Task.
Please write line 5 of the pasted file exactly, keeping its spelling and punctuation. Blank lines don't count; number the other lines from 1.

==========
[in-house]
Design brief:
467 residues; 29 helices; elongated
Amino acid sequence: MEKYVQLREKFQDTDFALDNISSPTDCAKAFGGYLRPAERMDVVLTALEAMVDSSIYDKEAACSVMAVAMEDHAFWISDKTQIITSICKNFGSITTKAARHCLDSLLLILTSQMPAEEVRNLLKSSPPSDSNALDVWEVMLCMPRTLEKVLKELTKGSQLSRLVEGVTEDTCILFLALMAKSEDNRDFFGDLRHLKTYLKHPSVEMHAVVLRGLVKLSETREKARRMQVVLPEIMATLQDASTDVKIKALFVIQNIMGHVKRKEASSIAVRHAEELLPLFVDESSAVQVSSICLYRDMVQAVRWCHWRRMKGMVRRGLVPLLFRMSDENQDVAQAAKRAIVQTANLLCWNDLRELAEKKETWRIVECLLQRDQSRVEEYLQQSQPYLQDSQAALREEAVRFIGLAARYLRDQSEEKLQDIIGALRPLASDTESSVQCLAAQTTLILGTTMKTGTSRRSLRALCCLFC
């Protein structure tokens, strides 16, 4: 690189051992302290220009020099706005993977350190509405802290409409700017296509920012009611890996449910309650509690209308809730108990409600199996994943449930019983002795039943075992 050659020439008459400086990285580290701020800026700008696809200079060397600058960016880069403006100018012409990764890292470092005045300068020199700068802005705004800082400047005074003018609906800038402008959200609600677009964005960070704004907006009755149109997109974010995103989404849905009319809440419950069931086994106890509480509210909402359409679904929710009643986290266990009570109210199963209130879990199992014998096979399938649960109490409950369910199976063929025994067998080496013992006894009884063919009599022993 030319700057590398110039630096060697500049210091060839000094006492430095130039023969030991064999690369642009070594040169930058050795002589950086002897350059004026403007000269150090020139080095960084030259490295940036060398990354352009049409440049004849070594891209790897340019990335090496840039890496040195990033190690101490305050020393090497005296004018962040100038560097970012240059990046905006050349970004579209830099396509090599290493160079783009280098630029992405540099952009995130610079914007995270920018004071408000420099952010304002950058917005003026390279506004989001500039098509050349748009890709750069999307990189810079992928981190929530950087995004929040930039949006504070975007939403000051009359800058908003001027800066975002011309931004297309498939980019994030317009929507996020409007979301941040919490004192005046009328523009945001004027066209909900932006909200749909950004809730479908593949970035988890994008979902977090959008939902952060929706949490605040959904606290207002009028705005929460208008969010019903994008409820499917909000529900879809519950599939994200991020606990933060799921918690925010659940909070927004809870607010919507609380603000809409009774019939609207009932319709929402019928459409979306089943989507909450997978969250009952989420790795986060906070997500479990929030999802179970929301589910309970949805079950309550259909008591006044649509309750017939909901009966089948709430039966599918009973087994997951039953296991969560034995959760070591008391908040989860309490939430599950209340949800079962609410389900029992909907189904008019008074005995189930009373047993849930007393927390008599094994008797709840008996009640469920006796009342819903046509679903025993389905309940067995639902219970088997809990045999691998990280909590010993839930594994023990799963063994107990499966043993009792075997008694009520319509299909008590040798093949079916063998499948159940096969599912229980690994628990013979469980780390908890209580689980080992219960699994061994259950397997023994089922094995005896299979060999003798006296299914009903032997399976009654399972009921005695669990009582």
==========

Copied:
């Protein structure tokens, strides 16, 4: 690189051992302290220009020099706005993977350190509405802290409409700017296509920012009611890996449910309650509690209308809730108990409600199996994943449930019983002795039943075992 050659020439008459400086990285580290701020800026700008696809200079060397600058960016880069403006100018012409990764890292470092005045300068020199700068802005705004800082400047005074003018609906800038402008959200609600677009964005960070704004907006009755149109997109974010995103989404849905009319809440419950069931086994106890509480509210909402359409679904929710009643986290266990009570109210199963209130879990199992014998096979399938649960109490409950369910199976063929025994067998080496013992006894009884063919009599022993 030319700057590398110039630096060697500049210091060839000094006492430095130039023969030991064999690369642009070594040169930058050795002589950086002897350059004026403007000269150090020139080095960084030259490295940036060398990354352009049409440049004849070594891209790897340019990335090496840039890496040195990033190690101490305050020393090497005296004018962040100038560097970012240059990046905006050349970004579209830099396509090599290493160079783009280098630029992405540099952009995130610079914007995270920018004071408000420099952010304002950058917005003026390279506004989001500039098509050349748009890709750069999307990189810079992928981190929530950087995004929040930039949006504070975007939403000051009359800058908003001027800066975002011309931004297309498939980019994030317009929507996020409007979301941040919490004192005046009328523009945001004027066209909900932006909200749909950004809730479908593949970035988890994008979902977090959008939902952060929706949490605040959904606290207002009028705005929460208008969010019903994008409820499917909000529900879809519950599939994200991020606990933060799921918690925010659940909070927004809870607010919507609380603000809409009774019939609207009932319709929402019928459409979306089943989507909450997978969250009952989420790795986060906070997500479990929030999802179970929301589910309970949805079950309550259909008591006044649509309750017939909901009966089948709430039966599918009973087994997951039953296991969560034995959760070591008391908040989860309490939430599950209340949800079962609410389900029992909907189904008019008074005995189930009373047993849930007393927390008599094994008797709840008996009640469920006796009342819903046509679903025993389905309940067995639902219970088997809990045999691998990280909590010993839930594994023990799963063994107990499966043993009792075997008694009520319509299909008590040798093949079916063998499948159940096969599912229980690994628990013979469980780390908890209580689980080992219960699994061994259950397997023994089922094995005896299979060999003798006296299914009903032997399976009654399972009921005695669990009582």